It may seem like a simple gesture, but it is one that will go a very long way in making you stand out for all the right reasons after an interview. Sending a thank-you note to an interviewer is something that many candidates forget to do. If you take the time to send a quick note, it ensures that you will stand out from the rest of the candidate pool. The other benefit to a post-interview thank-you note is that you get the opportunity to restate your interest in the position and show the takeaways you learned from the interview. You should not use the thank-you note to summarize your interview and the points you made, however, often times we leave an interview wishing we had highlighted a certain experience more than we did. In your thank-you note, you can highlight this experience and expand on it based on what it seemed the employer was looking for, keeping in mind that you should only bring this up in your thank-you if it is an important thing to know for the role you are interviewing for. It is important that the emphasis of the note is still on thanking the employer for their time and consideration. Making the effort to send a quick note also emphasizes your written communication skills to the employer. Besides your application materials, this will be one of the first times an employer can see how you would potentially be perceived when communicating with clients or customers in this role.
The thank-you note should not be an in depth recap of your interview but a brief note in which you sum up and highlight why you would be a good fit for the position. Be sure to follow-up in a timely manner, if possible, in the same day as your interview.
Your thank-you note will go much further than you may think, it could even be the deciding factor whether or not you, or the person sitting next to you, gets the job.
Here you can find Career Services tips for writing a post-interview thank-you note!
As the summer slowly moves along, just a little tip from an Administrative Assistant… As someone who spends their day assisting others it’s important to feel like what you do matters. Many of you are in internships, or have gone off to your first full-time positions where there will be those who are in roles like mine. Roles where they may not get as much of the recognition for what they do. My advice is to take the time to acknowledge those people. It may be that their positions are primarily behind the scenes, but their work is essential. Take the time to thank them for what they do.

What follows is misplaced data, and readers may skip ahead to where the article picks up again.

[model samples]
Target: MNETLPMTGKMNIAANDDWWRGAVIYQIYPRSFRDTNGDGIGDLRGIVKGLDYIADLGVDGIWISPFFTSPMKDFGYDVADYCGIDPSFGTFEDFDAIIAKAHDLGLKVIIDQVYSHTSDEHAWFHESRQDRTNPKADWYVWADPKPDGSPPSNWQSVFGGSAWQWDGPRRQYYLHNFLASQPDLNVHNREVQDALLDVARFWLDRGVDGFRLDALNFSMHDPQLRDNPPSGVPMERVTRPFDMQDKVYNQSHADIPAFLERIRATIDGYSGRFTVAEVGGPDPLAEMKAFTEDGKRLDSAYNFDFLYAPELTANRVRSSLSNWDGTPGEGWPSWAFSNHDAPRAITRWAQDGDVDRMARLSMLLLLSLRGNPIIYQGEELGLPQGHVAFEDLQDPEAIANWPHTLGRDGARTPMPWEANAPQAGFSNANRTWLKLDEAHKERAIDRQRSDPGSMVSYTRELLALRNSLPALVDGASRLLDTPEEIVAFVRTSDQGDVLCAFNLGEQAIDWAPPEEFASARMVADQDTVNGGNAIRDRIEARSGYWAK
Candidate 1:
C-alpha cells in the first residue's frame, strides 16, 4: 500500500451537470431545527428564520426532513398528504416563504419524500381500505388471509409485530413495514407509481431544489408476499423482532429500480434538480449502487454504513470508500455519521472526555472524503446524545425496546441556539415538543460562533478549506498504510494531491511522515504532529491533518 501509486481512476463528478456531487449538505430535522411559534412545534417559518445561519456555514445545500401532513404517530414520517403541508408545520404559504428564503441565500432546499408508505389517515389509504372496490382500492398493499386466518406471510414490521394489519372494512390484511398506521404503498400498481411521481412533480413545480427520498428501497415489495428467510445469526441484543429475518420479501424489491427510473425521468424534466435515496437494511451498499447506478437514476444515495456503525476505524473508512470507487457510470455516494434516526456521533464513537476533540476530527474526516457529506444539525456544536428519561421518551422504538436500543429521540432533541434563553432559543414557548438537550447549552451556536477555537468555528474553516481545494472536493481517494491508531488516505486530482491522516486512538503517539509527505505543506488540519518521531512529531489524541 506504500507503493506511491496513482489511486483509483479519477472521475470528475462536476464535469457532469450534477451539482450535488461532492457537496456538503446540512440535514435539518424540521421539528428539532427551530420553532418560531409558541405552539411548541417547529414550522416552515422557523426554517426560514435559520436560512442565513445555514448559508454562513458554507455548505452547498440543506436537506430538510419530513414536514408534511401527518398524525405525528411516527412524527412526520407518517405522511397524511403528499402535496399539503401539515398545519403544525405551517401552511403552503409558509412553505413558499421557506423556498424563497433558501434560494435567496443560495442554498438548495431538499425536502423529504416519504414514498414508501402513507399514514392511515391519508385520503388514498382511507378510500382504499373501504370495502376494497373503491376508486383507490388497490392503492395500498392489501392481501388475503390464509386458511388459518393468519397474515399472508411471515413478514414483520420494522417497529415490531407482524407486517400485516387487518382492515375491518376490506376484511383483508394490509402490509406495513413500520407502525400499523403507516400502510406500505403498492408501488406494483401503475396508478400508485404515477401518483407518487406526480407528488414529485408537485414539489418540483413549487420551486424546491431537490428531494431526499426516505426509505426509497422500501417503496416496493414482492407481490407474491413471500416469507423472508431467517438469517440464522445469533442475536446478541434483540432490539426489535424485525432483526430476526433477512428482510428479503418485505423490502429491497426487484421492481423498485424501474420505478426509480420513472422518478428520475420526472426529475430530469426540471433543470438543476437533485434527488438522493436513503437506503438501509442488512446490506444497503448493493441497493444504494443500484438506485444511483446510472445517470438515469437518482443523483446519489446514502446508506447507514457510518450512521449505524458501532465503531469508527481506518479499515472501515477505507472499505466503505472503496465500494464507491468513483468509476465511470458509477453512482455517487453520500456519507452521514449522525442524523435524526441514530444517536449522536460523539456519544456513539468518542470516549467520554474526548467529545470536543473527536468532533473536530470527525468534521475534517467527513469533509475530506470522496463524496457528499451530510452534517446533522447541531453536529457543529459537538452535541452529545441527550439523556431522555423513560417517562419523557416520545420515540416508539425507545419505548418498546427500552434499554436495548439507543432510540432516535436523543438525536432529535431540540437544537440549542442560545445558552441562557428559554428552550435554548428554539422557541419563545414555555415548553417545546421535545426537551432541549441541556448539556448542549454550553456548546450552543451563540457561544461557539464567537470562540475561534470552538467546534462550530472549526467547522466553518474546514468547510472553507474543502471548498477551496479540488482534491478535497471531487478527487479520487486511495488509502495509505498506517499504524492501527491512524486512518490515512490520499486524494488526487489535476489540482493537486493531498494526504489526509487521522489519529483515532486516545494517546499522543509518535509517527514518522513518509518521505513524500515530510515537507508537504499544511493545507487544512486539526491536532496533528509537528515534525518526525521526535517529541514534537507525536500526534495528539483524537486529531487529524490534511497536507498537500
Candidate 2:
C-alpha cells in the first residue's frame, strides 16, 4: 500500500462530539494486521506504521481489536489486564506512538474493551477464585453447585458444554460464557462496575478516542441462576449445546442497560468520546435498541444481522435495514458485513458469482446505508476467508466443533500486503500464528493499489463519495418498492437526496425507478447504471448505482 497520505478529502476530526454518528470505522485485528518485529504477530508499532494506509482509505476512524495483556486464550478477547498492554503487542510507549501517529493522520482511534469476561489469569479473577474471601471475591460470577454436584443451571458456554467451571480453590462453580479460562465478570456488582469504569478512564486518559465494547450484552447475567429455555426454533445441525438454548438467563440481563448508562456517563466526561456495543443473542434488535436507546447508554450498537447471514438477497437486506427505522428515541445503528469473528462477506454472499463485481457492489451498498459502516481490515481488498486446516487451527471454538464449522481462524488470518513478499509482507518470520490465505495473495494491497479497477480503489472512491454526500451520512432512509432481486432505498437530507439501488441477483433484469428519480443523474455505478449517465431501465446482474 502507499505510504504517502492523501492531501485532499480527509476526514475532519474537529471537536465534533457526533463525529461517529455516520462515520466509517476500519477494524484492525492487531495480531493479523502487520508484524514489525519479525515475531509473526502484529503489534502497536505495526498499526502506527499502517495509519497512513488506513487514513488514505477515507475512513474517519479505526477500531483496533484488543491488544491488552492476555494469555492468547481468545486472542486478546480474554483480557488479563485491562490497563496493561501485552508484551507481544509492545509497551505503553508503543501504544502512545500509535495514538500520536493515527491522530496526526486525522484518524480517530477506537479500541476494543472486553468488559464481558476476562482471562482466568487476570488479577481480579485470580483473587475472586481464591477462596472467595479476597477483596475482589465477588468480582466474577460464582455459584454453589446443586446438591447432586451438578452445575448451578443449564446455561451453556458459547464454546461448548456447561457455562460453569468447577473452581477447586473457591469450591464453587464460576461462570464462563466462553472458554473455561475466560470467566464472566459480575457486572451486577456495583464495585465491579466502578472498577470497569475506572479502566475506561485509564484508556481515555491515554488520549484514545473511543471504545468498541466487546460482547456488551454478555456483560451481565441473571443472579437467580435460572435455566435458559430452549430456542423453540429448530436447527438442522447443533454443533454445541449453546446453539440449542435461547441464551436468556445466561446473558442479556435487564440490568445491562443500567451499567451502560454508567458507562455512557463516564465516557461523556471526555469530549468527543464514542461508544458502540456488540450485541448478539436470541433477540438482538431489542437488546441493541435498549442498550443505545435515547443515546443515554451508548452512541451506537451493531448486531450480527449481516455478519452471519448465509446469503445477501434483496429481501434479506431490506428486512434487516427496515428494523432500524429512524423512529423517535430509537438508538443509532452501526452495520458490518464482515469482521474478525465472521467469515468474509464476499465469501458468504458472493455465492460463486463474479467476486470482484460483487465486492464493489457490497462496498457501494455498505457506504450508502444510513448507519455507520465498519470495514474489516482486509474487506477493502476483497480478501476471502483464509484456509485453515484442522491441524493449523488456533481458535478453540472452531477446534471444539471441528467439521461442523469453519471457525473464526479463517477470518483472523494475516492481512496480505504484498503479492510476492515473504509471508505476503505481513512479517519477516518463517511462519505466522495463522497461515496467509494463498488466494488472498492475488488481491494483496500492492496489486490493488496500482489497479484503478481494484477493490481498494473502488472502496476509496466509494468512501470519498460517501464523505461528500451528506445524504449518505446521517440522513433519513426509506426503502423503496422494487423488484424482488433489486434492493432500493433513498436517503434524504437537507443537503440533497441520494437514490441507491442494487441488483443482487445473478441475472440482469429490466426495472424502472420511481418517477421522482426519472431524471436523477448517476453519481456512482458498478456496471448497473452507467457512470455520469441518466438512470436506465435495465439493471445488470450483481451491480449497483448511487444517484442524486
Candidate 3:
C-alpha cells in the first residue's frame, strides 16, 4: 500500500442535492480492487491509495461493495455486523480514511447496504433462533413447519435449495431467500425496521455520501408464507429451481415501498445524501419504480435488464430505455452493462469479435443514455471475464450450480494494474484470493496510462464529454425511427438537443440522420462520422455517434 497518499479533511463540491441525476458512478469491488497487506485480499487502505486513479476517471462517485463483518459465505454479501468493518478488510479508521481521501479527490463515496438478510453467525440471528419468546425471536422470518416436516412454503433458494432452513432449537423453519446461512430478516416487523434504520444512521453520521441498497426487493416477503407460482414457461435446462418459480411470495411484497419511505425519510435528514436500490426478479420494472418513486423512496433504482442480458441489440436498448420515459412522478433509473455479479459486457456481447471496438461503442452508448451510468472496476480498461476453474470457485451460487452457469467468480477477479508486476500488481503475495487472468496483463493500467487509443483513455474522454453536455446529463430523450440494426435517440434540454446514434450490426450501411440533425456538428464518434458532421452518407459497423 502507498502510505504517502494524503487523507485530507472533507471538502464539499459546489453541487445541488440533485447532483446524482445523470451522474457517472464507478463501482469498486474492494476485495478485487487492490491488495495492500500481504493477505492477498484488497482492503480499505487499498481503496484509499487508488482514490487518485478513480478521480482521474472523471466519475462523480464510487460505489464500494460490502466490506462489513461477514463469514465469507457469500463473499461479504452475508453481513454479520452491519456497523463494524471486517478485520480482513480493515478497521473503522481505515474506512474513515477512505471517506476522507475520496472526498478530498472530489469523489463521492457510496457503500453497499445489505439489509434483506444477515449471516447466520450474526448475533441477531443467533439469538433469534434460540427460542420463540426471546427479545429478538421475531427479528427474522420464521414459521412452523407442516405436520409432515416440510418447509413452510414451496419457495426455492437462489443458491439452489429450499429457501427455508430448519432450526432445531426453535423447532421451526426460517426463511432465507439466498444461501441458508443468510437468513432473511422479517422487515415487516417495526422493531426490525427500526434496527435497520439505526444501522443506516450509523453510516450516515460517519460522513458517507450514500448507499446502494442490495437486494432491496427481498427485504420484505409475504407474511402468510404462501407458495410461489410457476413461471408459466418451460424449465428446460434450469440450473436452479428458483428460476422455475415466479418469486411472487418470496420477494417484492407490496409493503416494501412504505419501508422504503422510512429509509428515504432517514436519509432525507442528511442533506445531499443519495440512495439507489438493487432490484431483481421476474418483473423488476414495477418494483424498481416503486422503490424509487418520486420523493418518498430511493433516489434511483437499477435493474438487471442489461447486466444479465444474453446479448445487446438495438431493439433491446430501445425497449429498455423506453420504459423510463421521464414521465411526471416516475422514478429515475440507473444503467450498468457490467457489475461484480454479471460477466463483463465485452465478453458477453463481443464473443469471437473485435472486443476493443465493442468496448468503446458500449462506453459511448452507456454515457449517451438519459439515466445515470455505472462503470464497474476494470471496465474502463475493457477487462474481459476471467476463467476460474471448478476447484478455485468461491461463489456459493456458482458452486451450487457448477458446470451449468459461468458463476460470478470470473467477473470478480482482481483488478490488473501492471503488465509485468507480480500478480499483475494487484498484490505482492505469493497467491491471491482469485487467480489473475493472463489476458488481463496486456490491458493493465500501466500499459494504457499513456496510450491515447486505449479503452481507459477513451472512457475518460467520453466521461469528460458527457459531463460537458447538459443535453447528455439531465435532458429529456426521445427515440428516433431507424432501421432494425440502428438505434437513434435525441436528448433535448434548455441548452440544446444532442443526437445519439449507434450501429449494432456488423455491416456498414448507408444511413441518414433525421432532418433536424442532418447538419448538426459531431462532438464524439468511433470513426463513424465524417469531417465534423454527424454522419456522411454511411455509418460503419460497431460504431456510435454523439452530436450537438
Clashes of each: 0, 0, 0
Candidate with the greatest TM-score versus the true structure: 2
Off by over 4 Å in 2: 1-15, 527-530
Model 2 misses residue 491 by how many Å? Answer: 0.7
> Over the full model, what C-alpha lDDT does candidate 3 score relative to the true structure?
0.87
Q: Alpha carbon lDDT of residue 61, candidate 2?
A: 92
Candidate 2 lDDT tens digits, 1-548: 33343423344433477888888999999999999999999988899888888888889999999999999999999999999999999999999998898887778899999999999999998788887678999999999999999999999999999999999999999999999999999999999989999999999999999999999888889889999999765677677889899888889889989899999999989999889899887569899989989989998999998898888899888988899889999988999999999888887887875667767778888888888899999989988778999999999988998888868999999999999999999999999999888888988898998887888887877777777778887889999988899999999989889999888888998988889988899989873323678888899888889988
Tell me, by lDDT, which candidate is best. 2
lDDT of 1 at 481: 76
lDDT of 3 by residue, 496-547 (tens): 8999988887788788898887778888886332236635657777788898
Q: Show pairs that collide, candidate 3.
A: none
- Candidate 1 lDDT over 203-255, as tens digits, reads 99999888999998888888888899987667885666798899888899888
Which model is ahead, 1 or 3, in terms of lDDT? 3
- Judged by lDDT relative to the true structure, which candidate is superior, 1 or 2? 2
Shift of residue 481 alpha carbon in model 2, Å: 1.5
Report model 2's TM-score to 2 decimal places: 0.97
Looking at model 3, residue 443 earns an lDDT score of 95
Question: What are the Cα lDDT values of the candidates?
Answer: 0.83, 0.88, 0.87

Career services advisors encounter one scenario with some regularity: a student or postdoc is in the midst of a job search, and is frustrated because they are not getting the offers they hoped to receive. They want us to figure out what is going “wrong” and how to fix it. While there is rarely a quick explanation, or even a sure “fix,” there are some ways to pinpoint behaviors that students and postdocs could change to improve their outcomes. If you find yourself in this situation:
First, acknowledge that getting to the interview stage means you have desirable qualifications. Sometimes job seekers lose sight of this fact when feeling frustrated with their search. Sometimes that frustration can carry over into your interactions with future employers, and this is to be avoided if possible. Remember instead: past interest from employers generally suggests that your application materials are well targeted to the jobs you seek.
Evaluate all you are doing to prepare for your interviews. Are you researching the employers, deciding on what examples of accomplishments you want to share in the interview, clearly articulating your career goals and your potential, doing a mock interview to get some practice under your belt? Can anything be strengthened at the preparation phase, before the interview actually takes place?
Consider if you are respecting the etiquette conventions of the interview process. Are you getting to your interviews early, dressing professionally, and greeting everyone pleasantly? Are you acting in a way that fits with the culture of each employer? Do you ask interested questions, and express enthusiasm for the position and organization? Do you send a thank you note (or email) after each interview?
Do you take time at the end of each interview to consider how the process went? Reflect on what questions you answered well and what was unexpected or not handled smoothly. In particular, questions about salary can be mishandled if the discussion leads the employer to believe you want much more than what they might have budgeted for the position. What information did you get during the interview about the responsibilities of the position, or that might even indicate the interviewer’s experience of you? A few moments of analysis after the interview can help you in any future interview situation, and sometimes even help you shape any follow up during the rest of the selection process.
Do you know if or when your references are being contacted? Do you believe that you are getting strong support from your referees? (Someone who doesn’t speak highly of you can end up hurting your chances of getting an offer, “damning with faint praise.“)
Finally, remember that there are aspects to hiring that go beyond your interview performance. Sometimes there are inside candidates, changes to funding situations or priorities that shift during the hiring process. Occasionally, the “fit” with the culture or future direction of the organization just isn’t there, even when you have the right skills for the job at hand.
Whether or not you have yet to receive an offer, reflecting on some of the points above will undoubtedly improve your future interview experiences. Ultimately, the best you can do as a job seeker is to be prepared, present yourself thoughtfully, and acknowledge that some rejection is part of most job searches, as is a lot of ambiguity. At any time, if you want support in your job search, including talking about interview strategies, please make an appointment with Career Services advisors. We are here to help!